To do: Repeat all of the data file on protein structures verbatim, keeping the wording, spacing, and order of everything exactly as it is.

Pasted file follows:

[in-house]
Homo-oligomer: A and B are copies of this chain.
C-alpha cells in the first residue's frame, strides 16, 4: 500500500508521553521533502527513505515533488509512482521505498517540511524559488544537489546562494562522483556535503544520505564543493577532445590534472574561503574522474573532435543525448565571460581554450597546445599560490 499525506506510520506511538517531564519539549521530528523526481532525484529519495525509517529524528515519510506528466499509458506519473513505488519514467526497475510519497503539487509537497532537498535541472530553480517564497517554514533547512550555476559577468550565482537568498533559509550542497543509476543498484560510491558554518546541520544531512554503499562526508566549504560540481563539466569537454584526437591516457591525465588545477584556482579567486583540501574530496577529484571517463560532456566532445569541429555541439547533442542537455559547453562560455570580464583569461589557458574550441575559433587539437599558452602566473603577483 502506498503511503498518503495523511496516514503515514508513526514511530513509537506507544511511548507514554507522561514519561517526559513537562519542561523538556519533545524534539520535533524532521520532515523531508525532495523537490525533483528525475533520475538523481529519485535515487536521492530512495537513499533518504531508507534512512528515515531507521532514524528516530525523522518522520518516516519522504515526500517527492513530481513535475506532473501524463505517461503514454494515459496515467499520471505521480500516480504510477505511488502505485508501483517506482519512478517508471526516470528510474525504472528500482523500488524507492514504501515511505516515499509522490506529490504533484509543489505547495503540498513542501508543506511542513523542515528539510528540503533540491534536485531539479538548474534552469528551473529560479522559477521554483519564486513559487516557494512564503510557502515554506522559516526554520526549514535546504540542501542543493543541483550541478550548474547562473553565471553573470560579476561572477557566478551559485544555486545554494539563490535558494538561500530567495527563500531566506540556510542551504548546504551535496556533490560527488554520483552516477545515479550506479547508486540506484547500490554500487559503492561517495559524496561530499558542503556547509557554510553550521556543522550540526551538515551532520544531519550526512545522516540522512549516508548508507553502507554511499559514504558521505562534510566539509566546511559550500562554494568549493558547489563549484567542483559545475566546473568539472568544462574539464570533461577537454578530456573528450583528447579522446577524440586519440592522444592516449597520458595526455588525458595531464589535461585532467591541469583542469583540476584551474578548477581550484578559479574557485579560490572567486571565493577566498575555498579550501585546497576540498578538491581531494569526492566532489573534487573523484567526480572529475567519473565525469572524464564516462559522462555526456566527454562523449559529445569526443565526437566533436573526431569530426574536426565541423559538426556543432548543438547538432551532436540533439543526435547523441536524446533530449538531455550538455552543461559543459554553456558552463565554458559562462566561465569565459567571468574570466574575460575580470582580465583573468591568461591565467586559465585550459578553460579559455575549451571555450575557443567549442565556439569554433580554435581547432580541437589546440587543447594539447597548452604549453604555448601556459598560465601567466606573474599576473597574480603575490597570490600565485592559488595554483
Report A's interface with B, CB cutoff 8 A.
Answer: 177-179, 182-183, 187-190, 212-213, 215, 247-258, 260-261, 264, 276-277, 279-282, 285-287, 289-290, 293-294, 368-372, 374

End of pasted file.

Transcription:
[in-house]
Homo-oligomer: A and B are copies of this chain.
C-alpha cells in the first residue's frame, strides 16, 4: 500500500508521553521533502527513505515533488509512482521505498517540511524559488544537489546562494562522483556535503544520505564543493577532445590534472574561503574522474573532435543525448565571460581554450597546445599560490 499525506506510520506511538517531564519539549521530528523526481532525484529519495525509517529524528515519510506528466499509458506519473513505488519514467526497475510519497503539487509537497532537498535541472530553480517564497517554514533547512550555476559577468550565482537568498533559509550542497543509476543498484560510491558554518546541520544531512554503499562526508566549504560540481563539466569537454584526437591516457591525465588545477584556482579567486583540501574530496577529484571517463560532456566532445569541429555541439547533442542537455559547453562560455570580464583569461589557458574550441575559433587539437599558452602566473603577483 502506498503511503498518503495523511496516514503515514508513526514511530513509537506507544511511548507514554507522561514519561517526559513537562519542561523538556519533545524534539520535533524532521520532515523531508525532495523537490525533483528525475533520475538523481529519485535515487536521492530512495537513499533518504531508507534512512528515515531507521532514524528516530525523522518522520518516516519522504515526500517527492513530481513535475506532473501524463505517461503514454494515459496515467499520471505521480500516480504510477505511488502505485508501483517506482519512478517508471526516470528510474525504472528500482523500488524507492514504501515511505516515499509522490506529490504533484509543489505547495503540498513542501508543506511542513523542515528539510528540503533540491534536485531539479538548474534552469528551473529560479522559477521554483519564486513559487516557494512564503510557502515554506522559516526554520526549514535546504540542501542543493543541483550541478550548474547562473553565471553573470560579476561572477557566478551559485544555486545554494539563490535558494538561500530567495527563500531566506540556510542551504548546504551535496556533490560527488554520483552516477545515479550506479547508486540506484547500490554500487559503492561517495559524496561530499558542503556547509557554510553550521556543522550540526551538515551532520544531519550526512545522516540522512549516508548508507553502507554511499559514504558521505562534510566539509566546511559550500562554494568549493558547489563549484567542483559545475566546473568539472568544462574539464570533461577537454578530456573528450583528447579522446577524440586519440592522444592516449597520458595526455588525458595531464589535461585532467591541469583542469583540476584551474578548477581550484578559479574557485579560490572567486571565493577566498575555498579550501585546497576540498578538491581531494569526492566532489573534487573523484567526480572529475567519473565525469572524464564516462559522462555526456566527454562523449559529445569526443565526437566533436573526431569530426574536426565541423559538426556543432548543438547538432551532436540533439543526435547523441536524446533530449538531455550538455552543461559543459554553456558552463565554458559562462566561465569565459567571468574570466574575460575580470582580465583573468591568461591565467586559465585550459578553460579559455575549451571555450575557443567549442565556439569554433580554435581547432580541437589546440587543447594539447597548452604549453604555448601556459598560465601567466606573474599576473597574480603575490597570490600565485592559488595554483
Report A's interface with B, CB cutoff 8 A.
Answer: 177-179, 182-183, 187-190, 212-213, 215, 247-258, 260-261, 264, 276-277, 279-282, 285-287, 289-290, 293-294, 368-372, 374